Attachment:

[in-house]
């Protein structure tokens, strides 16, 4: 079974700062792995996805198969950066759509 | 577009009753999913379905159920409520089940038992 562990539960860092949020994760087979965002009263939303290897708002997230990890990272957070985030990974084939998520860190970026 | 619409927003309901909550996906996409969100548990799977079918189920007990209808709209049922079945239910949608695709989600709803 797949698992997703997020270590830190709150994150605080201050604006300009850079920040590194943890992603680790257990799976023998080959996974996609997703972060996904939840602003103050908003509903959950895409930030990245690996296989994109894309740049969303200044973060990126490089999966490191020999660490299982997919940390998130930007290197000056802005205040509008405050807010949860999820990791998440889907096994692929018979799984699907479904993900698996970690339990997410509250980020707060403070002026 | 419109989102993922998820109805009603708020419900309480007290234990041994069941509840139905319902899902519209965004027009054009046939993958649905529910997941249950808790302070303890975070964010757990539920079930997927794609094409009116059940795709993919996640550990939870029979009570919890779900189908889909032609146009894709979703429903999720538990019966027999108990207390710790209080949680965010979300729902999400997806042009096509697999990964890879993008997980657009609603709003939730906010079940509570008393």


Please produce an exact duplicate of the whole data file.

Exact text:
[in-house]
């Protein structure tokens, strides 16, 4: 079974700062792995996805198969950066759509 | 577009009753999913379905159920409520089940038992 562990539960860092949020994760087979965002009263939303290897708002997230990890990272957070985030990974084939998520860190970026 | 619409927003309901909550996906996409969100548990799977079918189920007990209808709209049922079945239910949608695709989600709803 797949698992997703997020270590830190709150994150605080201050604006300009850079920040590194943890992603680790257990799976023998080959996974996609997703972060996904939840602003103050908003509903959950895409930030990245690996296989994109894309740049969303200044973060990126490089999966490191020999660490299982997919940390998130930007290197000056802005205040509008405050807010949860999820990791998440889907096994692929018979799984699907479904993900698996970690339990997410509250980020707060403070002026 | 419109989102993922998820109805009603708020419900309480007290234990041994069941509840139905319902899902519209965004027009054009046939993958649905529910997941249950808790302070303890975070964010757990539920079930997927794609094409009116059940795709993919996640550990939870029979009570919890779900189908889909032609146009894709979703429903999720538990019966027999108990207390710790209080949680965010979300729902999400997806042009096509697999990964890879993008997980657009609603709003939730906010079940509570008393």